In this article, you’ll discover everything you need to know about Partial Least Squares. As the name indicates, Partial Least Squares is related to Ordinary Least Squares: the standard mathematical approach for fitting a Linear Regression.

The goal of Linear Regression is to model the dependence relationship between one dependent (target) variable and multiple independent (explanatory) variables. Ordinary Least Squares works great for this, as long as you meet the assumptions of Linear Regression.

In some domains, it may happen that you have a lot of independent variables in your model, of which many are correlated with other independent variables…

Multidimensional Scaling is a family of statistical methods that focus on creating mappings of items based on distance. Inside Multidimensional Scaling, there are methods for different types of data:

**Metric Multidimensional Scaling**, also called**Principal Coordinate Analysis**, is a subtype of Multidimensional Scaling that deals with*numerical distances*, in which there is*no measurement error*(you have exactly one distance measure for each pair of items).**Nonmetric Multidimensional Scaling**is a subcategory of Multidimensional Scaling that deals with*non-numerical distances between items*, in which there is*no measurement error*(you have exactly one distance measure for each pair of items).**…**

In this article, you will discover Principal Coordinate Analysis (PCoA), also known as **Metric Multidimensional Scaling (metric MDS)**. You’ll learn what Principal Coordinates Analysis is, when to use it, and how to implement it on a real example using Python and/or R.

Principal Coordinates Analysis is a statistical method that converts **data on distances between items** into **map-based visualization** of those items.

The generated mappings can be used for better **understanding which items are close to each other**, and which are different. It can also allow you to identify groups or clusters.

Before we get into the details, let’s first…

In this article, you will learn everything you need to know about Canonical Correlation Analysis. Canonical Correlation Analysis is a Multivariate Statistics technique that allows you to **analyze correlations between two datasets**.

Canonical Correlation Analysis can be used to model the correlations between two datasets in two ways:

Structural Equation Models are models that explain **relationships between measured variables and latent variables, **and **relationships between latent variables. **Latent variables are variables that, as humans, we understand as a concept, but that *cannot be measured directly*.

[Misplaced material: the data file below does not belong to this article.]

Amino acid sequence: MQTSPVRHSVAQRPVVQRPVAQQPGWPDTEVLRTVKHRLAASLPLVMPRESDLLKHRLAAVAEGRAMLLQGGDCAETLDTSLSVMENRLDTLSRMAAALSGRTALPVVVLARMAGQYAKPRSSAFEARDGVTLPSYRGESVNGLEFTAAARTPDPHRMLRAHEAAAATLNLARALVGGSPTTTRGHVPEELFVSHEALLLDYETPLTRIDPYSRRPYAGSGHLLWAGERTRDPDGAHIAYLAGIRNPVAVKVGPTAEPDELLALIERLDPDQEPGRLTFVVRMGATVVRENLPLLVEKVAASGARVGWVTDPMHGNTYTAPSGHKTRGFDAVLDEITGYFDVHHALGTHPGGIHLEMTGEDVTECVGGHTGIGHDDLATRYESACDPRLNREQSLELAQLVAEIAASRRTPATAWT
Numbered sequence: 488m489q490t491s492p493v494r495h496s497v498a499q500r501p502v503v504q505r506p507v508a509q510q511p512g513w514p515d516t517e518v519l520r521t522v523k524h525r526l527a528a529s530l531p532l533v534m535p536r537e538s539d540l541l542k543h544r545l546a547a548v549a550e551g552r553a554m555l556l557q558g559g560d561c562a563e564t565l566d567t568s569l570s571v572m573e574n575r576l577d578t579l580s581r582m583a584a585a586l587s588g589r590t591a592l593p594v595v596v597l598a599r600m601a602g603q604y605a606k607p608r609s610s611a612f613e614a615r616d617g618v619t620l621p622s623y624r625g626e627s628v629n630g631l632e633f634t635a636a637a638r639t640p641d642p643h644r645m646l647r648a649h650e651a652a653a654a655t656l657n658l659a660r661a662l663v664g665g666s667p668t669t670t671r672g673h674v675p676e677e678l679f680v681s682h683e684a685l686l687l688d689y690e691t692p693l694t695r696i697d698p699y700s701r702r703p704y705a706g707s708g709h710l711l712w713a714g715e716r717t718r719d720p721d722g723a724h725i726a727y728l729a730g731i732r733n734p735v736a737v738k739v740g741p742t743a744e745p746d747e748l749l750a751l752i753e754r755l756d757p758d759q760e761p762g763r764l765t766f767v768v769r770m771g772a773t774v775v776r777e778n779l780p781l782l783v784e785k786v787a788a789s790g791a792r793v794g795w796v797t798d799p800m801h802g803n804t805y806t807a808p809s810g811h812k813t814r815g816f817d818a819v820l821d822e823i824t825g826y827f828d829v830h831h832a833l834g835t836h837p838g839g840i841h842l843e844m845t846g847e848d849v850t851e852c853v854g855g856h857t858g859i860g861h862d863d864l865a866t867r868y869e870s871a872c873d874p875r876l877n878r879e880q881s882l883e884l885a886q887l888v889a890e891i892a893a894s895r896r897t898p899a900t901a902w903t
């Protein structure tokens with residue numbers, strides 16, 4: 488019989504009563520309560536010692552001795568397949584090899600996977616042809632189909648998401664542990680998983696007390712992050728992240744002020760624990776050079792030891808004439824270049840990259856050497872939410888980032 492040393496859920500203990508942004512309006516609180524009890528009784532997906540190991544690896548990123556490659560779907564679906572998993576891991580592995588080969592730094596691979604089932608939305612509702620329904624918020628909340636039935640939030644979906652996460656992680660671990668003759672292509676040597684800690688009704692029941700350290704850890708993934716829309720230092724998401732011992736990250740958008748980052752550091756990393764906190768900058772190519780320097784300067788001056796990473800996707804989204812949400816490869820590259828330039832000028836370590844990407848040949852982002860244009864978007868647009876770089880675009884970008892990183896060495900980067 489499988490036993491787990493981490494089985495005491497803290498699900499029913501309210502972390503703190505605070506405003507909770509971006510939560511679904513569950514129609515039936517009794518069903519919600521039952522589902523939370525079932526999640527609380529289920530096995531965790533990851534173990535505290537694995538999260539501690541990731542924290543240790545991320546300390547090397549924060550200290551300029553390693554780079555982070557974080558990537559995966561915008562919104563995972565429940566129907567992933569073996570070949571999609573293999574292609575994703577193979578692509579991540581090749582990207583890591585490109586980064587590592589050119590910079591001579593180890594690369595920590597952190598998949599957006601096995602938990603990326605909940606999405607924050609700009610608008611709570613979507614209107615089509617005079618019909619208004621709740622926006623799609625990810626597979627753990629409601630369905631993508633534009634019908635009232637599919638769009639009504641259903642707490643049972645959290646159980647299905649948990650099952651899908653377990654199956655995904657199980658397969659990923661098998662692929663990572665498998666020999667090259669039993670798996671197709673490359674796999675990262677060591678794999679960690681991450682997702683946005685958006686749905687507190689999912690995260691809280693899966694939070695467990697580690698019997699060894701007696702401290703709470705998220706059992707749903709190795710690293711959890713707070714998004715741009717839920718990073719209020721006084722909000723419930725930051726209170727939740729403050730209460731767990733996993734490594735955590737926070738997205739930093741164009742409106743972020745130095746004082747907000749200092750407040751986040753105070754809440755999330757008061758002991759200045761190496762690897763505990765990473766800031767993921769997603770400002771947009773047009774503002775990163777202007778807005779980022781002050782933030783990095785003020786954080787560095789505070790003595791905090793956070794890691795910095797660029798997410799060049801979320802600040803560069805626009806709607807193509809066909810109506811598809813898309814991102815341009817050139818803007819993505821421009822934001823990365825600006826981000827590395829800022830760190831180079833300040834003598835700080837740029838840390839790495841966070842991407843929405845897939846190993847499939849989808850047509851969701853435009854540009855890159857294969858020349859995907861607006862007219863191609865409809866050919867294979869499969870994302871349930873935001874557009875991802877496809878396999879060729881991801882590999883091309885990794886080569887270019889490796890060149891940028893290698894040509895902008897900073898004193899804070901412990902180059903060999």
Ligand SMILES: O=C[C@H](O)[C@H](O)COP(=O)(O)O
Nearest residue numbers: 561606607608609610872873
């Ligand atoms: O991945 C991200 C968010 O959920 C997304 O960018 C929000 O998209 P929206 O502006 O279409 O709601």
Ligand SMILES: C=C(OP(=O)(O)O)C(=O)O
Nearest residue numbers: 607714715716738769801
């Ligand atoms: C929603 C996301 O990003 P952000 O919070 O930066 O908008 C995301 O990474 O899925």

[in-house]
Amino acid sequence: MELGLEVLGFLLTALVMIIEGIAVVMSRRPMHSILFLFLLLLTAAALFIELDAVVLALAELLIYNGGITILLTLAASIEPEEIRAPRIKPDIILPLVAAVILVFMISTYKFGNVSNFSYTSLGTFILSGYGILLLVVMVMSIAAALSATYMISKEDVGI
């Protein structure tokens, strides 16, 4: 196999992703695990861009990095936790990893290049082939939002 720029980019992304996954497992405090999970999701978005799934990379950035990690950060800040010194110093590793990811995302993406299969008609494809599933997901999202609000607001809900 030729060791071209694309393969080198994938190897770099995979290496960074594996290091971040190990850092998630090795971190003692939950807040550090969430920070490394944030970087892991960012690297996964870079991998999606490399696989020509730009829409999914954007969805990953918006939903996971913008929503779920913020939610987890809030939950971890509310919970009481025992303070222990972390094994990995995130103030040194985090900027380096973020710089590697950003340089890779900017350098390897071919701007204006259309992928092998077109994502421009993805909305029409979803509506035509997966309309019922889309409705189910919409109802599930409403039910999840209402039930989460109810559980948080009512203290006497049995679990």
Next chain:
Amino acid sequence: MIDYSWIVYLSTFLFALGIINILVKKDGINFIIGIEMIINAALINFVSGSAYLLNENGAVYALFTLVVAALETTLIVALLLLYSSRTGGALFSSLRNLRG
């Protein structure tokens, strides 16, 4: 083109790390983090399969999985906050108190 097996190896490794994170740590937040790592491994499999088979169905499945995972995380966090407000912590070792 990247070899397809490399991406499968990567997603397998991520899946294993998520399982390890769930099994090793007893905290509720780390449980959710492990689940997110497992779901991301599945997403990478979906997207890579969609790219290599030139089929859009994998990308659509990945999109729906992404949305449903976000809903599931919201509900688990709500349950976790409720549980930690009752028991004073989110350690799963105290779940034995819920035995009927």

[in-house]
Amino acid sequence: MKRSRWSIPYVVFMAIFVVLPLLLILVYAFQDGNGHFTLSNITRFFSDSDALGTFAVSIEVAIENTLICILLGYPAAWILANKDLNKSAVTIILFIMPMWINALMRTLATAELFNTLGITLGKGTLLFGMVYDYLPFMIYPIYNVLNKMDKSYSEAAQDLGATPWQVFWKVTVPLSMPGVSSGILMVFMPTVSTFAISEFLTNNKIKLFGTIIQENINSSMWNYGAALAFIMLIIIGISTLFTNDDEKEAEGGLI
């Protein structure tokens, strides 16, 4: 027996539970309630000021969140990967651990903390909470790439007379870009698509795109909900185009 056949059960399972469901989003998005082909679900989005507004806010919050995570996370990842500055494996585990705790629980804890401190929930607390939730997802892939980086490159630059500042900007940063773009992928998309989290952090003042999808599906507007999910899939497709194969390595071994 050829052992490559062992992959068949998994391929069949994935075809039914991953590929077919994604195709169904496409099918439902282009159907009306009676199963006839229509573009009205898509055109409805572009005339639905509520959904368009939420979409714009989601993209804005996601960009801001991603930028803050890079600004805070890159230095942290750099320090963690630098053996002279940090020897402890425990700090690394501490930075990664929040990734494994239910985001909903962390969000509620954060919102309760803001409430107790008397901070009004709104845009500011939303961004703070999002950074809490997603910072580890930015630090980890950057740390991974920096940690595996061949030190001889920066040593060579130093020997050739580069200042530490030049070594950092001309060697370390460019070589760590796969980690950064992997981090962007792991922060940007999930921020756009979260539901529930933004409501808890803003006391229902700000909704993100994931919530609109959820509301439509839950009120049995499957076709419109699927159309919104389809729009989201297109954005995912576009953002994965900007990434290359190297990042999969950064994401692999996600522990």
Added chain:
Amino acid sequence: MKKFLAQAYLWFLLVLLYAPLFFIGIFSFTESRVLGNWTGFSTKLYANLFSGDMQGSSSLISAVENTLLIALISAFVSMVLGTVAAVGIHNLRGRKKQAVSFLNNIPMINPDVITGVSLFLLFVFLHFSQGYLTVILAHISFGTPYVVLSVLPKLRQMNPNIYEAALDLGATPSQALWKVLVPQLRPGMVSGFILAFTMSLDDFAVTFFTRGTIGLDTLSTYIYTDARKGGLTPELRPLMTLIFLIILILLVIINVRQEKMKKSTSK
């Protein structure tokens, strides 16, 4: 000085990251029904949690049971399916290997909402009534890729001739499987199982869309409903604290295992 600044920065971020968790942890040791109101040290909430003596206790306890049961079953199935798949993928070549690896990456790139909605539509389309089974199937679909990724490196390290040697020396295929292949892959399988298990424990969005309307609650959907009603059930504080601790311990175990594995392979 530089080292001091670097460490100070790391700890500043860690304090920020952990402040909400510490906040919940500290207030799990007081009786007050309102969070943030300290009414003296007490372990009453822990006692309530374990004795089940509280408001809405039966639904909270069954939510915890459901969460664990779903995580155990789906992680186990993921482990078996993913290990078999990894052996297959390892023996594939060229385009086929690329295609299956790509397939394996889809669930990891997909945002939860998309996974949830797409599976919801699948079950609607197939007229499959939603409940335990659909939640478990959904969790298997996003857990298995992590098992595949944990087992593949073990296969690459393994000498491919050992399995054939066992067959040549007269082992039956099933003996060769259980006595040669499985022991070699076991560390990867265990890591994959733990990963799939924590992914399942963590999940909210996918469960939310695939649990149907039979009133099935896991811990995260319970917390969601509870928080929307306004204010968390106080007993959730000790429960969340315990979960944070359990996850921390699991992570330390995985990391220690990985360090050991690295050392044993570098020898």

A great example of a latent variable that cannot really be measured directly is *Intelligence. W*e have plenty of school exams, IQ tests, psych tests to measure a concept like intelligence, but they always come down to:

- measuring a score on Multiple Choice questionnaires in multiple domains
- converting those scores into an estimate of Intelligence

So you will need a model to **convert…**

Imagine that you are interested in tracking the temperature throughout the day in your vegetable garden. You measure the temperature exactly every hour, and you end up with the following 24 temperature measurements:

Linear regression is a statistical model that allows to explain a dependent variable **y** based on variation in one or multiple independent variables (denoted **x**). It does this based on linear relationships between the independent and dependent variables.

In this article, I will quickly go over the linear regression model and I will cover the five assumptions that you need to check when doing a linear regression. I will cover theory and implementations in both R and Python.

Let’s start by describing a common use case for linear regression. We will be looking at a model in which we explain…

PCA, short for Principal Component Analysis, and Factor Analysis, are two statistical methods that are often covered together in classes on Multivariate Statistics.

In this article, you will discover the mathematical and practical differences between the two methods.

Multivariate Statistics is a group of statistical methods that focus on studying multiple variables together while focusing on the variation that those variables have in common.

Multivariate Statistics deals with the treatment of data sets with a large number of dimensions.

Its goals are therefore different from supervised modeling, but also different from segmentation and clustering models.

There are many models in…

In this article, I will explain how to add a basic security level to APIs that have been made using AWS API Gateway. This will be done through adding tokens.

Tokens are codes that you need to send with an API request, and that work more or less like a password. If your token allows you to access the data, the API will send you the data. Else it will send you an error.

To follow alongwith the example, you can use the AWS API Gateway API made in this previous article, which send back a randomly generated password. …

In this article, I will give a detailed overview of waiting line models. I will discuss when and how to use waiting line models from a business standpoint. In the second part, I will go in-depth into multiple specific queuing theory models, that can be used for specific waiting lines, as well as other applications of queueing theory.

Waiting line models are mathematical models used to study waiting lines. Another name for the domain is queuing theory.

Waiting lines can be set up in many ways. In a theme park ride, you generally have one line. In the supermarket, you…

Data Scientist — Machine Learning — R, Python, AWS, SQL